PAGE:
You can use glycolic acid in a variety of methods: an active cleanser, a mask, serum, toner, and the list goes on. How you use it will ultimately depend on personal preference. For instance, Jones and Idriss prefer wash-off products (like masks), while King loves a glycolic acid-soaked peel pad. “I think they make it easy to achieve an even application,” she explains.
A wash-off product, however, can allow more sensitive skin types to reap the benefits of this AHA, sans irritation (since you aren’t leaving it on all night long). With a serum or toner, it’s easy for some to over-exfoliate, says Jones. “With a mask, you use it up to three times a week and will not go overboard,” she adds.
No matter which product you choose, make sure to use it at night, since AHAs like glycolic acid can make skin more photosensitive.
It’s crucial that you don’t follow up with any harsh actives in your routine (even retinol), since glycolic acid is pretty strong. Stick to a gentle cleanser (unless that’s your preferred glycolic acid product), nourishing moisturizer, humectant serums, etc.
You’ll also want to start low and slow with the AHA (i.e., a lower concentration one to two nights a week), working your way up to a regular cadence: The average person can handle two to three times a week, but make sure you know when your skin barrier has had enough.
And as always, give yourself a patch test before trying any new product.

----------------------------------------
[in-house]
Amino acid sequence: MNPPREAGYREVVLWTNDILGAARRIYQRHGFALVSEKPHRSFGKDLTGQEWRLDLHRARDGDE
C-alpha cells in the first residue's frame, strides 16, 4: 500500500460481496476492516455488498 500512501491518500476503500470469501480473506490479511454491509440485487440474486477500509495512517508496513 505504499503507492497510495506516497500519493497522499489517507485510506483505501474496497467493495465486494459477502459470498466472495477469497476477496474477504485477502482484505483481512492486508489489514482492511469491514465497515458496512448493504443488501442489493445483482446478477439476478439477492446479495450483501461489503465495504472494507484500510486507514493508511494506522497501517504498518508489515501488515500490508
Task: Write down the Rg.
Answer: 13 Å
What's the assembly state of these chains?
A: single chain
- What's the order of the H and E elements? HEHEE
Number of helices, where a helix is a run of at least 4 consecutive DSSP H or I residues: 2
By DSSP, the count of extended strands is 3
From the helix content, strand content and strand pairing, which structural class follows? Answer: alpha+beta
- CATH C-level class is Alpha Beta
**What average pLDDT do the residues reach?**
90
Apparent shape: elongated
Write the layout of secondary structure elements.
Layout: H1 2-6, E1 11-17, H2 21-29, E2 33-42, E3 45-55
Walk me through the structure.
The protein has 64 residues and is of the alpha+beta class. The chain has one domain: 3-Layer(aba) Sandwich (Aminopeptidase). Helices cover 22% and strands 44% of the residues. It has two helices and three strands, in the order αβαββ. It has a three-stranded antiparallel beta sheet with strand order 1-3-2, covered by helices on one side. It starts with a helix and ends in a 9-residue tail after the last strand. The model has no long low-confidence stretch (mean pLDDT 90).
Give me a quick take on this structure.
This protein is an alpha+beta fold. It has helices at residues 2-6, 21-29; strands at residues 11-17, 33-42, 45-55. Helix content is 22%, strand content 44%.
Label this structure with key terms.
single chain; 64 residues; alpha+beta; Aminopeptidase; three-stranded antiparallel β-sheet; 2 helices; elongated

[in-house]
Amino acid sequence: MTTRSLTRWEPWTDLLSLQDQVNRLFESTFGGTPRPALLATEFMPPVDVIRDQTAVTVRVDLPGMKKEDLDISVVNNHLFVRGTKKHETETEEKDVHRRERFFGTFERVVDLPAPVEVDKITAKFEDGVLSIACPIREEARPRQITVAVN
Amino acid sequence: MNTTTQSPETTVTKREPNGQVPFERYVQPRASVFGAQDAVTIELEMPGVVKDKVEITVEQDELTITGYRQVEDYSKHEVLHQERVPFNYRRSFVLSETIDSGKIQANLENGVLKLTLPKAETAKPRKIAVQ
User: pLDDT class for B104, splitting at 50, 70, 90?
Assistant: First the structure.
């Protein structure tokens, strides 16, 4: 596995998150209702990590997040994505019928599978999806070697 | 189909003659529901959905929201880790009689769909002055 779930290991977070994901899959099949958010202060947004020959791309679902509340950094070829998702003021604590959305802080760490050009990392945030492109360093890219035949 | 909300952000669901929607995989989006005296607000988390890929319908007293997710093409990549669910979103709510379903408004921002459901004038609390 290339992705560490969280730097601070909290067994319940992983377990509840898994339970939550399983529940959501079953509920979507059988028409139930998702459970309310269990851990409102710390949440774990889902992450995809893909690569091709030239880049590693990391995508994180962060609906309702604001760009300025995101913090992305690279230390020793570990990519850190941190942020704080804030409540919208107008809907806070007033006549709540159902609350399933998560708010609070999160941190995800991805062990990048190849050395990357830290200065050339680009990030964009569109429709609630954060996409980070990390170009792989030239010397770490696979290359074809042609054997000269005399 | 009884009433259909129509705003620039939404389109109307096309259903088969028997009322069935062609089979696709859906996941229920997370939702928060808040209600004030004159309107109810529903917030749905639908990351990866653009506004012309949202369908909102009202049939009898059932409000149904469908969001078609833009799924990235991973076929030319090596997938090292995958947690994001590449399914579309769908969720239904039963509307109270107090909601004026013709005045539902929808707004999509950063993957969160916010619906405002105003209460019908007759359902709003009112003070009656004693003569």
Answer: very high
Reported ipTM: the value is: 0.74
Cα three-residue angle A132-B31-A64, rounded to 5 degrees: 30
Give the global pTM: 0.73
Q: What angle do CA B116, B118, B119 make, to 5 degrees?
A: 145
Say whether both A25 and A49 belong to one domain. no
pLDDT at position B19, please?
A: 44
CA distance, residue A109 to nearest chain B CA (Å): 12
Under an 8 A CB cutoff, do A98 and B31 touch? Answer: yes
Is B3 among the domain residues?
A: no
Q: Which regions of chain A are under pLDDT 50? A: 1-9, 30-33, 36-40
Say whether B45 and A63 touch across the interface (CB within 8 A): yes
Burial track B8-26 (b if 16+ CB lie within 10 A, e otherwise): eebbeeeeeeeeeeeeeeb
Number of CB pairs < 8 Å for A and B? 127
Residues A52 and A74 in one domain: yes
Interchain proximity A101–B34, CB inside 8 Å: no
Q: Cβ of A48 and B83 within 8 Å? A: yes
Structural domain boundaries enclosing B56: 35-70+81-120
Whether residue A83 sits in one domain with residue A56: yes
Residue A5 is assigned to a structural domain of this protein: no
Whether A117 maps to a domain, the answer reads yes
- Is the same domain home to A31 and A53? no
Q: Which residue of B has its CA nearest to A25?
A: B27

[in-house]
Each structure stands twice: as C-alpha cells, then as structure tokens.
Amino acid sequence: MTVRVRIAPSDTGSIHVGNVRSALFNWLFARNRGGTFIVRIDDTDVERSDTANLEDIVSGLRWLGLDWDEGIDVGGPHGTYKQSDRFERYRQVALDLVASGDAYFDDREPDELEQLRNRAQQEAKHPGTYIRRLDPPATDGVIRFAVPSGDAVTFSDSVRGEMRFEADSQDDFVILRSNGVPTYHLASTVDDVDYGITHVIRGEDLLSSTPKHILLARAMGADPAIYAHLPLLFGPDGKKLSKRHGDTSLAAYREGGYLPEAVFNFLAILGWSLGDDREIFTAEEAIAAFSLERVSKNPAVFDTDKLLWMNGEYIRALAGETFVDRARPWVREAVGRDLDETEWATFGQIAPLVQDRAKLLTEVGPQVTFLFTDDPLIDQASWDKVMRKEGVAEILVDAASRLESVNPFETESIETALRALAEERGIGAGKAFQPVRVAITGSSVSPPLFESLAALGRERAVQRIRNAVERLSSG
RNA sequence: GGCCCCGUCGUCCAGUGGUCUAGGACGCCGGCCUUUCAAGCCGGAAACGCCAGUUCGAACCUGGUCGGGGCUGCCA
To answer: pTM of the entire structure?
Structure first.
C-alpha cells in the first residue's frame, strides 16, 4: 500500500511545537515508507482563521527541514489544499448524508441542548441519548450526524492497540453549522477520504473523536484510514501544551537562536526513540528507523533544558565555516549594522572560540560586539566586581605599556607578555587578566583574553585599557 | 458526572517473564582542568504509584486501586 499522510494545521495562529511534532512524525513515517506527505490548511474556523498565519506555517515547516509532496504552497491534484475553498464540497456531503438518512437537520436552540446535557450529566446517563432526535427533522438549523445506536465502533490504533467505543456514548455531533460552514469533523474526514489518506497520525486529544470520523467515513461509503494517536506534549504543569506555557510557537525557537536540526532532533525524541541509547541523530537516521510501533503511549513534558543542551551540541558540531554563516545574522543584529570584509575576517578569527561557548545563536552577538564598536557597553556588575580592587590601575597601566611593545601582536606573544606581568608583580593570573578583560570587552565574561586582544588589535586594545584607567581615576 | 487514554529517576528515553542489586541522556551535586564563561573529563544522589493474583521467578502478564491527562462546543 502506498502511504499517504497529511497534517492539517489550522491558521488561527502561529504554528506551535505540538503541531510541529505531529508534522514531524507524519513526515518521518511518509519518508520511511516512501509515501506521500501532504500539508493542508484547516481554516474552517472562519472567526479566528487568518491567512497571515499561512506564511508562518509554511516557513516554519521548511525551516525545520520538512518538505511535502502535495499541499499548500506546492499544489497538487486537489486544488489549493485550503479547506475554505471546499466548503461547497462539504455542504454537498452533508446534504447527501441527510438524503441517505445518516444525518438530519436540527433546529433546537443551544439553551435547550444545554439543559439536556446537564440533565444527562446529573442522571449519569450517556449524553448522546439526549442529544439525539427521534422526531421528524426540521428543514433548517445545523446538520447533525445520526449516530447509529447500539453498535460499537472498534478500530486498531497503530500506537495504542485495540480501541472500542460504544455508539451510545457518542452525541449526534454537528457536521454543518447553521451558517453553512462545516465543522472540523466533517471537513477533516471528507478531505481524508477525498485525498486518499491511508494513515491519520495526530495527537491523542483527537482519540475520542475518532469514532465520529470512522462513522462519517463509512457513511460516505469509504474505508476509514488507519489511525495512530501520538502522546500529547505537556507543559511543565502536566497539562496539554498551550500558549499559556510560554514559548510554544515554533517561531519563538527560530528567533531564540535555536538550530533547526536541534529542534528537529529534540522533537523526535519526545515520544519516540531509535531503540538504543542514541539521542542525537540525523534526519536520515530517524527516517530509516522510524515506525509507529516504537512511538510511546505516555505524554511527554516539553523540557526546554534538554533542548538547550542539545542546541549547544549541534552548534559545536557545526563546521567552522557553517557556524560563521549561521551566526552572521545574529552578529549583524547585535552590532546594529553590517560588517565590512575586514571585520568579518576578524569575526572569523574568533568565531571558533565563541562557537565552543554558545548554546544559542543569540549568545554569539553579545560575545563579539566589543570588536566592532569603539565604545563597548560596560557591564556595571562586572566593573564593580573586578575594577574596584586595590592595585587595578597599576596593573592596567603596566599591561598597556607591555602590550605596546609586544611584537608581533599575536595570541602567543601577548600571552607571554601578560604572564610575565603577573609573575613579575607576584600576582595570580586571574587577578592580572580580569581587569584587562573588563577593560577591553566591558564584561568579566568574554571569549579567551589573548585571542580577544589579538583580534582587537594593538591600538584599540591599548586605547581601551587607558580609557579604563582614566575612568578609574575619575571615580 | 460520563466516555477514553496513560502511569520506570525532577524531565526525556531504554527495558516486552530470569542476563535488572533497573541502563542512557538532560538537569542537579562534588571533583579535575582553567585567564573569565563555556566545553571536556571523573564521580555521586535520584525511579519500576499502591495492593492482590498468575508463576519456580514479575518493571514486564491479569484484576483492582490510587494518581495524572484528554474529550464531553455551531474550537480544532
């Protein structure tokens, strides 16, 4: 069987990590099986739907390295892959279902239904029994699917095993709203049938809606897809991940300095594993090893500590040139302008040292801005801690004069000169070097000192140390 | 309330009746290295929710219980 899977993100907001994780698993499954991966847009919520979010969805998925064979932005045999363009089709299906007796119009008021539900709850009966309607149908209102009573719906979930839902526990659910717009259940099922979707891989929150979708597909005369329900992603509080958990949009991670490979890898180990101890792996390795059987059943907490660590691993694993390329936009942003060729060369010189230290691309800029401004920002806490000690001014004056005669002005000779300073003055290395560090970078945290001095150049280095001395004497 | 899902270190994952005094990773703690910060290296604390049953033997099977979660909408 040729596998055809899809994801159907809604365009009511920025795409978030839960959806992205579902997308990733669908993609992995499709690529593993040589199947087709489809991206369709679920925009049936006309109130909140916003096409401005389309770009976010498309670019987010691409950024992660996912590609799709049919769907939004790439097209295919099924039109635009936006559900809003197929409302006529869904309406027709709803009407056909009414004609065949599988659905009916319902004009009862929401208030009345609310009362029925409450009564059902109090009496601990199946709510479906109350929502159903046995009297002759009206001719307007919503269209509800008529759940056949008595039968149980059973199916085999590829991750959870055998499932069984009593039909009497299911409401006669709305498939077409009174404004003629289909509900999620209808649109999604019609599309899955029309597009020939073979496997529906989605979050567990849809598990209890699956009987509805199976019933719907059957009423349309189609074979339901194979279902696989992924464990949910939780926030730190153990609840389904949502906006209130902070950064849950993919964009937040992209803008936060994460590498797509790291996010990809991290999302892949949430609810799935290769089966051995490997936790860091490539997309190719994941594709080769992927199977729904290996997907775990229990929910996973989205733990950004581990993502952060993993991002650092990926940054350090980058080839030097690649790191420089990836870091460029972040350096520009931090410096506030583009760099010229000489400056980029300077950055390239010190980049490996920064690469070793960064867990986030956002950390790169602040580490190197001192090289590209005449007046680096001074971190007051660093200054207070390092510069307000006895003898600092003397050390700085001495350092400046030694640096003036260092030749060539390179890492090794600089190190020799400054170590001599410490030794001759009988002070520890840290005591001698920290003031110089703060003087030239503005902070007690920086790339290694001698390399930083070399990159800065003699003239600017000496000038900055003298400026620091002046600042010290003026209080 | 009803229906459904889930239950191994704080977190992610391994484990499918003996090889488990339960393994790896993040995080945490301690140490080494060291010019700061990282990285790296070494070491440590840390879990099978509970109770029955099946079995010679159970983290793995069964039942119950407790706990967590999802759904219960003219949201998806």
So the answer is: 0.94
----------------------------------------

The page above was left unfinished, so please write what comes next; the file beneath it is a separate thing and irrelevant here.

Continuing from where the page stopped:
Best glycolic acid products
What about chemical peels?
Now, you might have heard whispers about glycolic acid chemical peels, which are one of the most common AHA peels used in dermatologists' offices.
"Chemical peels can address a number of skin concerns. These include acne, uneven skin tone, blemishes, enlarged pores, melasma, dark spots from sun damage, and fine lines," says board-certified dermatologist Brendan Camp, M.D., FAAD, about the treatment.
Because they’re done in a clinical setting, professionals can use much stronger concentrations than an at-home solution. Think 40 to 50% compared to a 10 to 20% skin care formula.
Those with very sensitive skin should opt out of classic chemical peels, as the potent acids can be irritating. The healing process is also quite lengthy and requires a lot of downtime. That being said: Glycolic acid peels are powerful and effective, but you might want to consider gentler, at-home methods before diving right in.